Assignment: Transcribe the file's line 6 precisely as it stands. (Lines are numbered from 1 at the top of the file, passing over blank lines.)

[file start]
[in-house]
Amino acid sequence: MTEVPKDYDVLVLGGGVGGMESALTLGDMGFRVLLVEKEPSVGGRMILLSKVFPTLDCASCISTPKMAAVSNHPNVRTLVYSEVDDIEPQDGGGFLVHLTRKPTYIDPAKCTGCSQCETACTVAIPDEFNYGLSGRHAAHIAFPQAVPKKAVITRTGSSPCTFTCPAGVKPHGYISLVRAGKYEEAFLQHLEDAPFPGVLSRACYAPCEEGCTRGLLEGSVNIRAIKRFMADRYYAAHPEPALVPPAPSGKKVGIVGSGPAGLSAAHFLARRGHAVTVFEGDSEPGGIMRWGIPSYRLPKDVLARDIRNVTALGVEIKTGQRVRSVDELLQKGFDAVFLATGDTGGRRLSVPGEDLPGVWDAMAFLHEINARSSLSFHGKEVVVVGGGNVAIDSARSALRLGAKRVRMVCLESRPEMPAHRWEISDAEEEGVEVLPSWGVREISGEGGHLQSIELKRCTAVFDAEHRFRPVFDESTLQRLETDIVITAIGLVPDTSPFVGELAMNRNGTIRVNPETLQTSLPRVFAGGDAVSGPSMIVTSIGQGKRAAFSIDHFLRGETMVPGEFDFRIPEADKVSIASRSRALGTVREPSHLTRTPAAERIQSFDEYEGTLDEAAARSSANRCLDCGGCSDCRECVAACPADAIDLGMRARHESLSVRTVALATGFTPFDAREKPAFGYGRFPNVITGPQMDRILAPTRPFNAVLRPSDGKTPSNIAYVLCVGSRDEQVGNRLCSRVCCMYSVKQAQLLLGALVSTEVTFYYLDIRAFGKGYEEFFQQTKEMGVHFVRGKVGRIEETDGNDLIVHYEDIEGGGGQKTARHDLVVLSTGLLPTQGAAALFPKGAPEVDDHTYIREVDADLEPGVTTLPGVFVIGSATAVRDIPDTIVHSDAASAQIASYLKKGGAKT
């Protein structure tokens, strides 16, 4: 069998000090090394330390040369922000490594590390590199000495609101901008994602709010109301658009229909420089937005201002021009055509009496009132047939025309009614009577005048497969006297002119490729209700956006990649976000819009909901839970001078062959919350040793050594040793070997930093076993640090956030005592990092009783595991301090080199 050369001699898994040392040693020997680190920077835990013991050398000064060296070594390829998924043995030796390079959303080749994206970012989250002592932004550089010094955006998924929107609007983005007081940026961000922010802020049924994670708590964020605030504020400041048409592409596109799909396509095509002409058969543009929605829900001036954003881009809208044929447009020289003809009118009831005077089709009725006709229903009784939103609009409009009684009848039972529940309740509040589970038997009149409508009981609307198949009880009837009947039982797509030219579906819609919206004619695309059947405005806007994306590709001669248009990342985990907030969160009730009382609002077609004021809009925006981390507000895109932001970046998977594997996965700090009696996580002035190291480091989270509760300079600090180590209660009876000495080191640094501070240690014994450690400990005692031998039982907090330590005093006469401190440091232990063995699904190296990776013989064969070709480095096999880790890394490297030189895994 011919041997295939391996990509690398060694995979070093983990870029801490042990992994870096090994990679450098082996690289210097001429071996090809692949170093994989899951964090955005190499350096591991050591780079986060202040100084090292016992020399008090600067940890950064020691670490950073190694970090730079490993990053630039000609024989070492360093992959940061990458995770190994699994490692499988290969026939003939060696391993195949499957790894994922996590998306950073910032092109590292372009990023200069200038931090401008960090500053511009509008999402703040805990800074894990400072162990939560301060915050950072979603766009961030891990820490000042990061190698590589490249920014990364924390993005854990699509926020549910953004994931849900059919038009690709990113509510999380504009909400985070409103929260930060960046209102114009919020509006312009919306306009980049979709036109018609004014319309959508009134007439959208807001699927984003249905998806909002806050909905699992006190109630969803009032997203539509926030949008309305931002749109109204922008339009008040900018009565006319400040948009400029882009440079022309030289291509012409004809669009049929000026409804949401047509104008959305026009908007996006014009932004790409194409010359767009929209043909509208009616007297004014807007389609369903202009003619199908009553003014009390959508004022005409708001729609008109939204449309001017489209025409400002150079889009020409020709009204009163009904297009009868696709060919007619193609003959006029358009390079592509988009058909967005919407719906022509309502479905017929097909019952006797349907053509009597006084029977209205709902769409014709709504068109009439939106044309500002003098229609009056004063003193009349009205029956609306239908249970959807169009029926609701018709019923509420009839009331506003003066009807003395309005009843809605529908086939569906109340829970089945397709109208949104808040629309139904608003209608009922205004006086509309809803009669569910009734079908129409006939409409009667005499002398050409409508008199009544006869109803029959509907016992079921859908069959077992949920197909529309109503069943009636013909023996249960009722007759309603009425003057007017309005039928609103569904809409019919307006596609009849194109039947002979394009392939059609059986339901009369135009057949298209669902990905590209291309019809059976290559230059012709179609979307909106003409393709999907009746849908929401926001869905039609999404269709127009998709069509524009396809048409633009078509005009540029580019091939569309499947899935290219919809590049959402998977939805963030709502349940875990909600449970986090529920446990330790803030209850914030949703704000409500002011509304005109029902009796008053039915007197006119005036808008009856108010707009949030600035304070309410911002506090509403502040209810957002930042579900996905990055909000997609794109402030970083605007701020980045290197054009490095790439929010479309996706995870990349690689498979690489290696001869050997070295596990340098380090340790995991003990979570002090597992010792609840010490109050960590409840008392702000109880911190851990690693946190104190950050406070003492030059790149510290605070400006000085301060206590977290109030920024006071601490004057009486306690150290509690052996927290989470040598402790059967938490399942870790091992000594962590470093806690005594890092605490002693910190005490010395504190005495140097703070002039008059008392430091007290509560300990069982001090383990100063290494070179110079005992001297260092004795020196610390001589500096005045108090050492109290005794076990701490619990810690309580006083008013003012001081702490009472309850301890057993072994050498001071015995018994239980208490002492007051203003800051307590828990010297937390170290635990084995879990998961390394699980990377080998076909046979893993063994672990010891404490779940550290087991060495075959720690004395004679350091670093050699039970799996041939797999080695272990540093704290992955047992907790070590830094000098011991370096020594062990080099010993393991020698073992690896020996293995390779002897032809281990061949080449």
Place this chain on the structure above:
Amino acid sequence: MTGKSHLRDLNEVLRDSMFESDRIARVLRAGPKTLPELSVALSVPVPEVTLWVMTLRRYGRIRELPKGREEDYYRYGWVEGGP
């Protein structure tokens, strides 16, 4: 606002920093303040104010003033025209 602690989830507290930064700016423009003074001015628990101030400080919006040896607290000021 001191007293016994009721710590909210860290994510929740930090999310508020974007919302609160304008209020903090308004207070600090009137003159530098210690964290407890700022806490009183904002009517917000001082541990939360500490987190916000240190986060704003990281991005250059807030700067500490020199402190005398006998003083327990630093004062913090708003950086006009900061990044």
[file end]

């Protein structure tokens, strides 16, 4: 606002920093303040104010003033025209 602690989830507290930064700016423009003074001015628990101030400080919006040896607290000021 001191007293016994009721710590909210860290994510929740930090999310508020974007919302609160304008209020903090308004207070600090009137003159530098210690964290407890700022806490009183904002009517917000001082541990939360500490987190916000240190986060704003990281991005250059807030700067500490020199402190005398006998003083327990630093004062913090708003950086006009900061990044």